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Saint Augustine's College Blog

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E ditor's note: Kathryn “Taya” Tokarski is a three-sport standout at Saint Augustine’s College; Tokarski led the Lady Falcons to the 2012 CIAA volleyball title with an upset victory over defending champion Chowan. Last spring, she claimed the CIAA women’s javelin individual crown in track and field. Upon Tokarski’s own admission, being a student-athlete is not an easy task, it requires many sacrifices socially, physically and emotionally. The Aug Blog recently asked Taya to share what it’s like to be a student and an athlete, take your time in reading this eye opening post from St. Aug’s own, Taya Tokarski.

If you’re an athlete, you know what it feels like to be under pressure, not only on the court/field but off the court as well. Your ultimate goal is to graduate with a degree and leave a lasting impression on your opponents, team mates, coaches and alma mater. The ability to juggle sports and school is one that a student-athlete must master early in their collegiate career. I have learned that sometimes I have to sacrifice the small things in life to be able to play three sports and maintain a 3.8 GPA. It is easy to say that you played on a college team but to be good is another thing. Most athletes want to be the best their school has ever seen and I am no different. Yet, being an outstanding student-athlete requires talent and discipline. The pressure is on you at all times to do your best (academically and athletically). I’ll be honest; it can sometimes get the better of you. There are days where you wish your body wasn’t so sore from games and workouts and other days when you find yourself on top of the world. Finding the balance is the tough part. You have to make sacrifices if you want to be the best. That may mean not going out on a Thursday night because you have practice the next day or not stuffing your face with a double order of chili cheese fries. I admit, I have struggled with prioritizing my responsibilities, for example, going out when I know I have practice the next day, but come on who hasn’t done that?! I also can admit that I am human and have moments in which it all becomes emotionally overwhelming. As a student-athlete, you have to be prepared for the good and bad days.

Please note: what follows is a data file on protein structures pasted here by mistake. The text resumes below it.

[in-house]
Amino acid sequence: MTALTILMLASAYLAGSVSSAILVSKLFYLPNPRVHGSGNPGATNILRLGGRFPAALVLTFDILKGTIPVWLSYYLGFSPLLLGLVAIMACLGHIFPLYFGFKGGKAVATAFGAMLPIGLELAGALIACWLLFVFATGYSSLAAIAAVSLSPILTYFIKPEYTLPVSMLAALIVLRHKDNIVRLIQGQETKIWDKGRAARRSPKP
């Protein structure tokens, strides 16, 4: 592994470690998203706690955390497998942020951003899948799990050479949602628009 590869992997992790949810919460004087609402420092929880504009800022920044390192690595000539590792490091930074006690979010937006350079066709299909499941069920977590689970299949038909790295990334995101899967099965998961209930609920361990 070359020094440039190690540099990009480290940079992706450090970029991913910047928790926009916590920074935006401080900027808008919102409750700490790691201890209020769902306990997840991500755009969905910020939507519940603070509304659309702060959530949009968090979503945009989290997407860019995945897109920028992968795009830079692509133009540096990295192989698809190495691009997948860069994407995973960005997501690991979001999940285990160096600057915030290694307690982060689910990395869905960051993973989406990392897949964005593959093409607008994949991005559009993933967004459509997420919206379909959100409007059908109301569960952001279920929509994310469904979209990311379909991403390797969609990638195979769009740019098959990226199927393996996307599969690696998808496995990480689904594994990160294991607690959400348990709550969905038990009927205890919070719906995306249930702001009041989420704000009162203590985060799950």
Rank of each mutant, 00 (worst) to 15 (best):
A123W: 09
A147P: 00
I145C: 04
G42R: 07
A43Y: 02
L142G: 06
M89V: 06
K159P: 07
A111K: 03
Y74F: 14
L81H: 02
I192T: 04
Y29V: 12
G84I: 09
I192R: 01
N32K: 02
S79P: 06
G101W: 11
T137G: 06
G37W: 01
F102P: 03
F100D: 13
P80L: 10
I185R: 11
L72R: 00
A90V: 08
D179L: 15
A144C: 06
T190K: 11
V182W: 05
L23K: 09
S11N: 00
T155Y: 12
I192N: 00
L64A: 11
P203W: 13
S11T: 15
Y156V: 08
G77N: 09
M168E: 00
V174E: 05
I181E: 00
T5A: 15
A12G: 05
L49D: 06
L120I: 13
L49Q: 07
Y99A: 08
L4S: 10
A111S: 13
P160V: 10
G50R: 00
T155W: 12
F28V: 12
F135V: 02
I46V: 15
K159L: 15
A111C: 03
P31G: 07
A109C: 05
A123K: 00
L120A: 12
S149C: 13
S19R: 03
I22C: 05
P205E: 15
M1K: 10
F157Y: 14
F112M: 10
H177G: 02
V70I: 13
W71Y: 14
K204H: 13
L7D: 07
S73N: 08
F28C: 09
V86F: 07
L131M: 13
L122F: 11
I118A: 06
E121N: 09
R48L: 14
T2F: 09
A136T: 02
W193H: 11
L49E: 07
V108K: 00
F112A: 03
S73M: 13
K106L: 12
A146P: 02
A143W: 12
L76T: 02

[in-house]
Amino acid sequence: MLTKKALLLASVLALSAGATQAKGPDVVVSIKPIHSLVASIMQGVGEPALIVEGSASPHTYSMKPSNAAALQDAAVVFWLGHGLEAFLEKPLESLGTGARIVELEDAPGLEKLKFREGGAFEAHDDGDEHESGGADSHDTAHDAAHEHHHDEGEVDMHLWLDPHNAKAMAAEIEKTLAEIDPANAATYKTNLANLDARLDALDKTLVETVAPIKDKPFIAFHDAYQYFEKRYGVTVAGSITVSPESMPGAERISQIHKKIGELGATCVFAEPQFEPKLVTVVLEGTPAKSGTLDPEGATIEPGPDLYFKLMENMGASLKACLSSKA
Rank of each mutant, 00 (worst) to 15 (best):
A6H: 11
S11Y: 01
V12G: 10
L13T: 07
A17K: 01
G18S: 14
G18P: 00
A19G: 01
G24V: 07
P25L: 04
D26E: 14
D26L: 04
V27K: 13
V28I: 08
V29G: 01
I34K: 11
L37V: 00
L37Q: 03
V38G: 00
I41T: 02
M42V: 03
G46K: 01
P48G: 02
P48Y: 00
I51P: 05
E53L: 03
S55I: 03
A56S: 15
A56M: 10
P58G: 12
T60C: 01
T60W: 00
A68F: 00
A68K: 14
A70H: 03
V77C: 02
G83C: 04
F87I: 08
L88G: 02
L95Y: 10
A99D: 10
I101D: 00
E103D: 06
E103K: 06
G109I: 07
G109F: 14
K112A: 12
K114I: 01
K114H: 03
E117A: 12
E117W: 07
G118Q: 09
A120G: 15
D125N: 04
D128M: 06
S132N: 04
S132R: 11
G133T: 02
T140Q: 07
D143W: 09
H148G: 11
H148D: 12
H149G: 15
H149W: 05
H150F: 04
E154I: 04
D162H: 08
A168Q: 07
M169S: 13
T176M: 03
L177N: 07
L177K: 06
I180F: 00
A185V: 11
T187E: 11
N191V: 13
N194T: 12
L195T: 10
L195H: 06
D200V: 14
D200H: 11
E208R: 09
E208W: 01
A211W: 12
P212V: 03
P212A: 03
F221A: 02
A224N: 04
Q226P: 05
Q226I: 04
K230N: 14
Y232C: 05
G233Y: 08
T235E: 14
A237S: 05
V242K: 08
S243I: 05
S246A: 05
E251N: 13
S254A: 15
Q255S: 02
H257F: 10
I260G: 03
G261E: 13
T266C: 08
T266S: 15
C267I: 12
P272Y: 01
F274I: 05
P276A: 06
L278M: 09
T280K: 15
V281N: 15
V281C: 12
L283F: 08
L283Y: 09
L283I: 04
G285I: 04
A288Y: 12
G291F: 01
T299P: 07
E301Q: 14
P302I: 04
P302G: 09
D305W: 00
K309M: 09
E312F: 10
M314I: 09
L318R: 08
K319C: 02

Many of my days start around 5:30 a.m. with team workouts, which usually run for 2 hours. Then I go to breakfast, class and then try to catch a nap before practice. After practice, it is supper time. I know I always look forward to supper; I get so hungry in practice. After supper, I do homework and try to go to sleep early. On any given day your practice and workout schedule will change, student-athletes must be prepared readjust the balance of school and sports due to the ever changing schedule of practices, games and workouts.

Organization is a key thing when it comes to being a student-athlete. Some days are beyond hectic, running from class to class or workouts to class. And between all the training you have to find time to eat, sleep and do homework. At times, your social life will get take a back seat. People do not realize the hard work that athletes put in to be on top of their game.